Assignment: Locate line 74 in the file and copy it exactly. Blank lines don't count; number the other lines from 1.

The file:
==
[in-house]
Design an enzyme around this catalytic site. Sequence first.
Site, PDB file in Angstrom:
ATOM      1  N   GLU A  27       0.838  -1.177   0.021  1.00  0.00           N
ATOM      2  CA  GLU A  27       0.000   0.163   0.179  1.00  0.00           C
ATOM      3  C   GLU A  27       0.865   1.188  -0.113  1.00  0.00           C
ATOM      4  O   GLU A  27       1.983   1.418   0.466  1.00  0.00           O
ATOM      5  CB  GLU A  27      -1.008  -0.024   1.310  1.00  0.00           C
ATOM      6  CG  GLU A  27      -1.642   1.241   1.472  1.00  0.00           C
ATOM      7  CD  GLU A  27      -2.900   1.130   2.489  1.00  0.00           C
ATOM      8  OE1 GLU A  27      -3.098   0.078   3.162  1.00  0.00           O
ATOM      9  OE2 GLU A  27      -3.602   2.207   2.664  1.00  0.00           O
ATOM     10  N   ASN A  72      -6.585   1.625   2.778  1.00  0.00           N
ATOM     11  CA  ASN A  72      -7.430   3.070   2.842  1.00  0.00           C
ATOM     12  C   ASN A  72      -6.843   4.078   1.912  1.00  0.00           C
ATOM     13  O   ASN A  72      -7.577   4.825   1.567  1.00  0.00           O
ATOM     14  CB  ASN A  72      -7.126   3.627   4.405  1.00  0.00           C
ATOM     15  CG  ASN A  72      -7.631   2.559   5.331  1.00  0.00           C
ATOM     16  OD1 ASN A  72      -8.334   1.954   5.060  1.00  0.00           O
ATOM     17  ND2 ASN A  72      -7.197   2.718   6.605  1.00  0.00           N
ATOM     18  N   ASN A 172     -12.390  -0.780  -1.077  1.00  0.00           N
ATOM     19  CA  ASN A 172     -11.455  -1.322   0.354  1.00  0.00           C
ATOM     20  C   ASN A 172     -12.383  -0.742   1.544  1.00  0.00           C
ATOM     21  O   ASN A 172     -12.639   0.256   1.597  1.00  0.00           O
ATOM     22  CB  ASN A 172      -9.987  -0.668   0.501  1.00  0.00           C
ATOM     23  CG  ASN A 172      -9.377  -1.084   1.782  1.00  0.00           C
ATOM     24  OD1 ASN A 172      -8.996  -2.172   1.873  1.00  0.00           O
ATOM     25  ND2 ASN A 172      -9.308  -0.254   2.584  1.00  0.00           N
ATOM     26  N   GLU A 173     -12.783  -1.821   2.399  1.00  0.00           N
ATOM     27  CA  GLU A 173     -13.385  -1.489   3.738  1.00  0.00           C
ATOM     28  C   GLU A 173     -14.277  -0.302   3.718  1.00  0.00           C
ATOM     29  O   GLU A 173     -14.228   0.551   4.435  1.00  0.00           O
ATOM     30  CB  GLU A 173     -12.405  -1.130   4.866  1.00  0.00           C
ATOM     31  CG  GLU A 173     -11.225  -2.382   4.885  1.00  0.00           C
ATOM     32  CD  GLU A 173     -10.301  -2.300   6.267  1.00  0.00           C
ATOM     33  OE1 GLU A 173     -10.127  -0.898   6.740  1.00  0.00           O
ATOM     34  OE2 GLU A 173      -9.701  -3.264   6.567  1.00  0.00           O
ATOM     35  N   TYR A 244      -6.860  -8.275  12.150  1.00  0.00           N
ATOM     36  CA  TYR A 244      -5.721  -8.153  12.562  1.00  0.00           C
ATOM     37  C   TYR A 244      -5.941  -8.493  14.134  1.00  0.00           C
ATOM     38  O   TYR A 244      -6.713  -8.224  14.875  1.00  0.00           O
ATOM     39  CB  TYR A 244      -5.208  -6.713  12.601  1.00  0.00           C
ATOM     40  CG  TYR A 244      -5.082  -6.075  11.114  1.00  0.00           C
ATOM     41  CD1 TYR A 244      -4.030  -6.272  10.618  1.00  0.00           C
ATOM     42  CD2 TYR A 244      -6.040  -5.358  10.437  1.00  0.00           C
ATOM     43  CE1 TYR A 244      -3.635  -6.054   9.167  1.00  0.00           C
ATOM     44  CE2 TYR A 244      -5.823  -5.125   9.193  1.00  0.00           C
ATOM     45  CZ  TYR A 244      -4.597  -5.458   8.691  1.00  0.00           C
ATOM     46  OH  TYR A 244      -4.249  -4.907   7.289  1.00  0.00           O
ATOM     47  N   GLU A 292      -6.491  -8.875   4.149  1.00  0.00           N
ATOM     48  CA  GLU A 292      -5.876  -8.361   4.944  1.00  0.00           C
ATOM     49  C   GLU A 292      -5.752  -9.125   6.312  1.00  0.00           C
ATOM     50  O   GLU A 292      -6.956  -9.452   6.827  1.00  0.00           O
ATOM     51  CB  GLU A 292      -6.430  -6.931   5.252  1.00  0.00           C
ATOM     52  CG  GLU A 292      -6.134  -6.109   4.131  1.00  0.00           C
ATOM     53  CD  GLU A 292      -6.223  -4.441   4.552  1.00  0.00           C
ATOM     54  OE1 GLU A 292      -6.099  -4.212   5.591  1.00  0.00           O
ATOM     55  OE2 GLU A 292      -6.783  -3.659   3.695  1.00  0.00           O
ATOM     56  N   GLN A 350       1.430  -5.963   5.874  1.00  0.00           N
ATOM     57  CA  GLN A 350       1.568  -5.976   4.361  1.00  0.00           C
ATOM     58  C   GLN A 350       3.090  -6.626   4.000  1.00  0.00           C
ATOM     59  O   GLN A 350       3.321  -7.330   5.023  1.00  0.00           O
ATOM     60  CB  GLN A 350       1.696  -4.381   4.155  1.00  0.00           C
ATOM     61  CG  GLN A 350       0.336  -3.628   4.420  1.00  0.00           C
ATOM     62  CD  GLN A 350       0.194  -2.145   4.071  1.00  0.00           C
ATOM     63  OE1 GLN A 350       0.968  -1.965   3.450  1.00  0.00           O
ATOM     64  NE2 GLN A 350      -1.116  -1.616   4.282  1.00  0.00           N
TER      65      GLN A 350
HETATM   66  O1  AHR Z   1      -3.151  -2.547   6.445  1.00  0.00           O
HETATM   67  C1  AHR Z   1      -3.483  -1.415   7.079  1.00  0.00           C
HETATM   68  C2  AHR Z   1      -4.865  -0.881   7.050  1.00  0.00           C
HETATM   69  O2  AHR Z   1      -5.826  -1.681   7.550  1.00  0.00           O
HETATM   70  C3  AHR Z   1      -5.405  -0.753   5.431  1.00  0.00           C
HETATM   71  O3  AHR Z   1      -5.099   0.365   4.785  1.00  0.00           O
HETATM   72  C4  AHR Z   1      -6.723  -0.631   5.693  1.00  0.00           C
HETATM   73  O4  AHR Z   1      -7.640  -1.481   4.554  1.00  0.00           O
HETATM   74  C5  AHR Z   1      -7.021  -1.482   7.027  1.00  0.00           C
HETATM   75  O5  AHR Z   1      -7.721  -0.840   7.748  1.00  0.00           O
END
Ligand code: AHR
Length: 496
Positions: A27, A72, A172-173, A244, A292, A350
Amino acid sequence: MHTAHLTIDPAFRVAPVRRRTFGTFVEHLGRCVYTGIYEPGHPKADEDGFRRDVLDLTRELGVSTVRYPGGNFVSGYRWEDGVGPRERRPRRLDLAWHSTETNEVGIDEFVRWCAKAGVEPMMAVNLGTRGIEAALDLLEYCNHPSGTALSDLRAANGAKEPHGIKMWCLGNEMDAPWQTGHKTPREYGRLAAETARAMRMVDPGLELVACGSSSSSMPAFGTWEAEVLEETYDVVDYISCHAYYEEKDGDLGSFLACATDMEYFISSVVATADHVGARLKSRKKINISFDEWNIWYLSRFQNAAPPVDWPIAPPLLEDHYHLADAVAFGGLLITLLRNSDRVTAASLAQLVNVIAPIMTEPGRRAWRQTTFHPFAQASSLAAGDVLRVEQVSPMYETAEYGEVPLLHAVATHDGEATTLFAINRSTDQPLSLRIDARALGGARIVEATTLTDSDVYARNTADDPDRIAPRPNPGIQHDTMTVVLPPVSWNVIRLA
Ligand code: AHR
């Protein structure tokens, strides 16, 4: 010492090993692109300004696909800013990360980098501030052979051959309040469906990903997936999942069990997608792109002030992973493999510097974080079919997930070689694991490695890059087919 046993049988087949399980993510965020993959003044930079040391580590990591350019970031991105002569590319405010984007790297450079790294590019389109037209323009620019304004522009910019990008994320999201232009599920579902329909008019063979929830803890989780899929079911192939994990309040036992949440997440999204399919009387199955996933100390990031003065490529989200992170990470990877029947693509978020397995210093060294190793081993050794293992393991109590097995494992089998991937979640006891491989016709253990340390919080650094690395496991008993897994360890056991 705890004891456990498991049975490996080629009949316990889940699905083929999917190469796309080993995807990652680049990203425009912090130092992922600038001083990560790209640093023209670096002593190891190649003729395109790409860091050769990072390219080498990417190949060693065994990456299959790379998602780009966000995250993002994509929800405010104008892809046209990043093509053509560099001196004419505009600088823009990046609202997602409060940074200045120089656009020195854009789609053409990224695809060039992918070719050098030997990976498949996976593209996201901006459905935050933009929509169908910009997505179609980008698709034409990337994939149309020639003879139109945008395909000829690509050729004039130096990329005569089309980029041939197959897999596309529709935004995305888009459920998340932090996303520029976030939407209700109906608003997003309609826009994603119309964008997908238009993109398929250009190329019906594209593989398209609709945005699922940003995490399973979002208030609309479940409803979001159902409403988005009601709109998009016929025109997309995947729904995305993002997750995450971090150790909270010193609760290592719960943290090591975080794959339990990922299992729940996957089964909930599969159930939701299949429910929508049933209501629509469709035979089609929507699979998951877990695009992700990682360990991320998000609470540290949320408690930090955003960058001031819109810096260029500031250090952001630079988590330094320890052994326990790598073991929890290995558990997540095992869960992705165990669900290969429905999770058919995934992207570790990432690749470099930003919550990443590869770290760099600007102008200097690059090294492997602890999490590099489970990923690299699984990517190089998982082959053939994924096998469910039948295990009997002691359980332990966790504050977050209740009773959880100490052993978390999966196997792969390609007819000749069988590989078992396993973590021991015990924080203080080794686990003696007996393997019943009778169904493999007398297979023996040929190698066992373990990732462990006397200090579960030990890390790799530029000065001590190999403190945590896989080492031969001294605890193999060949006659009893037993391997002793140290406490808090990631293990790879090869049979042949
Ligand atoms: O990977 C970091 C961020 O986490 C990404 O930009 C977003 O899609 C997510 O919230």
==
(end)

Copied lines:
HETATM   71  O3  AHR Z   1      -5.099   0.365   4.785  1.00  0.00           O